As frequent flyer programs go WestJet Rewards has charted a much different course than its big airline competition since its 2010 launch and while there are some changes this year the core advantages are unchanged and help set this loyalty program apart.

Unlike most frequent flyer programs which have traditionally awarded miles based on distance travelled WestJet Rewards from inception has instead rewarded its members with redeemable program dollars calculated on how much they spend  annually on airfare. The reason many legacy airlines have revamped their loyalty programs in the past 18 months including Air Canada’s Aeroplan to include a minimum spend requirement is because of the inequities distance based credits create as a passenger flying a few long-haul routes on a low fare earned more miles and elite status with relatively little money spent whereas other passengers travelling domestically or trans-border may have flown shorter distances but over the course of year spent much more.

In addition to earning WestJet Dollars based on upon the airfare paid, WestJet Rewards members can also earn by booking with WestJet Vacations or WestJet RBC MasterCard or converting miles/points from other loyalty programs such as RBC Rewards which I’ve done a few times in the past 18 months to build my balance when there have been conversion bonus promotions.

The biggest advantages of WestJet Rewards are banked dollars may be spent one-to-one toward the cost of WestJet airfare without blackouts dates or limited award seat availability, members may apply as little as $50 dollars toward a future flights without having to wait until the full value of the airfare is earned before confirming a flight, and dollars may be shared with another member for a small $50 admin. fee per transfer. Since each member must be enrolled to collect WestJet Dollars this last transferability could be used, for example, to move earned dollars from child to parent for a fairly low fee.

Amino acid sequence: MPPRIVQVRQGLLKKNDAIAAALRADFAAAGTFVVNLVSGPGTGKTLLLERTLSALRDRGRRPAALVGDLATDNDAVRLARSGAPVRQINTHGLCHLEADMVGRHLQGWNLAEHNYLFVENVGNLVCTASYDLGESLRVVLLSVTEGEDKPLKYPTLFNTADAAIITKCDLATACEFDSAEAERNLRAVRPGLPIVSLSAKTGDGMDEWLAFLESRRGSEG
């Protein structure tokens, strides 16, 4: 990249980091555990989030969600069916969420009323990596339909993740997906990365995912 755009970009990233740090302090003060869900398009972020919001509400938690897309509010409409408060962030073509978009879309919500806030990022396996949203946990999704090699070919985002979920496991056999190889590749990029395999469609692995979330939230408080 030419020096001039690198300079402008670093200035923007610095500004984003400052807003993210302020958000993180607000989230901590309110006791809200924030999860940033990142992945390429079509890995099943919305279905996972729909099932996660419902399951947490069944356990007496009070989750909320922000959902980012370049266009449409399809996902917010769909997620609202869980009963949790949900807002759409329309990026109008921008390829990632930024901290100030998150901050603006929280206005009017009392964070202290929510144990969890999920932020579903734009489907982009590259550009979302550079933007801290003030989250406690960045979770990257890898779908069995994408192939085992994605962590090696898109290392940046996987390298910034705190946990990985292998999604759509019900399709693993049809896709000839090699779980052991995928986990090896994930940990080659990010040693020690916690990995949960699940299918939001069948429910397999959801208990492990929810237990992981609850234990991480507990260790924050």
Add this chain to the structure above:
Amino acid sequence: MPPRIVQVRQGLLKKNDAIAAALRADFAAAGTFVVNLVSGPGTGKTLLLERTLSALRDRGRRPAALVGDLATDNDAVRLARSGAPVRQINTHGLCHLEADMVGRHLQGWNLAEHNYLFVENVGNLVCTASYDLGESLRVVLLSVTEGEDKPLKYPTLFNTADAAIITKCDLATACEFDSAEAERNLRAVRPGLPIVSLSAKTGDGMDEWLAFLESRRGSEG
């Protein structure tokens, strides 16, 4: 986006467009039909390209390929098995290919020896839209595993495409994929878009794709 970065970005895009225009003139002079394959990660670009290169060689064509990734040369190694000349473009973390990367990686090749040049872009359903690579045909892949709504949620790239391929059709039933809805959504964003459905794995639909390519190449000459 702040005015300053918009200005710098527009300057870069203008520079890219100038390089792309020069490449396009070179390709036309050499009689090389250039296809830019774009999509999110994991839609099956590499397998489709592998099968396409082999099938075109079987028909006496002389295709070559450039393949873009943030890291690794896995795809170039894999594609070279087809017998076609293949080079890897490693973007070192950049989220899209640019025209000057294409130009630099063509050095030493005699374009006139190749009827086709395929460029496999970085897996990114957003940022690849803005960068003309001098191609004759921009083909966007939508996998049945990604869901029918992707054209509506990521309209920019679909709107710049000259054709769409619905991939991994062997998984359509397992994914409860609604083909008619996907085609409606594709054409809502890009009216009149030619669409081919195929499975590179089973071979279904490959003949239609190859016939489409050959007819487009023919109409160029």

If there are downsides to the program it’s that with no set award levels there can be times when fares are high so it’ll require more WestJet Dollars to get a free seat, redemptions for flights originating outside of Canada cannot be done online, and the 12-month annual spend makes it harder for the more infrequent flyers to earn dollars.

To further reward its biggest spenders in 2014 WestJet Rewards introduced tiered elite recognition levels called Teal, Silver and Gold with the two top tiers receiving additional benefits beyond higher WestJet Dollar accumulation including  airport lounge vouchers, advance seat assignment vouchers, priority boarding and free checked bags. There’s an overview of the changes here but the sweet spot that hasn’t survived the 2017 program changes is for those Teal members who spent over $1500 but less than $3000 as they earned 3% between those money milestones under the old rules whereas in the new structure that same member will earn only 1% all the way up to $3000.

The changes to the WestJet Rewards program reward the high travel spenders with more WestJet Dollars they can bank toward future free travel while less frequent travellers who spend less on airfares will earn a little less but  for those who don’t travel enough to qualify for any of the elite levels there’s always Plan B which is the WestJet RBC World Elite MasterCard with its perks such as free checked bags and 2% earning on WestJet fares and 1.5% on all other purchases.

Ontario moved ahead with legislation in 2016 called the Protecting Rewards Points Act that would remove loyalty program expiry dates which could impact WestJet Rewards which currently has a five year lifespan for every dollar earned but the airline is taking a wait and see attitude before deciding how to respond with any changes. A removal of expiry dates however would only help add value to what is an already user-friendly loyalty program.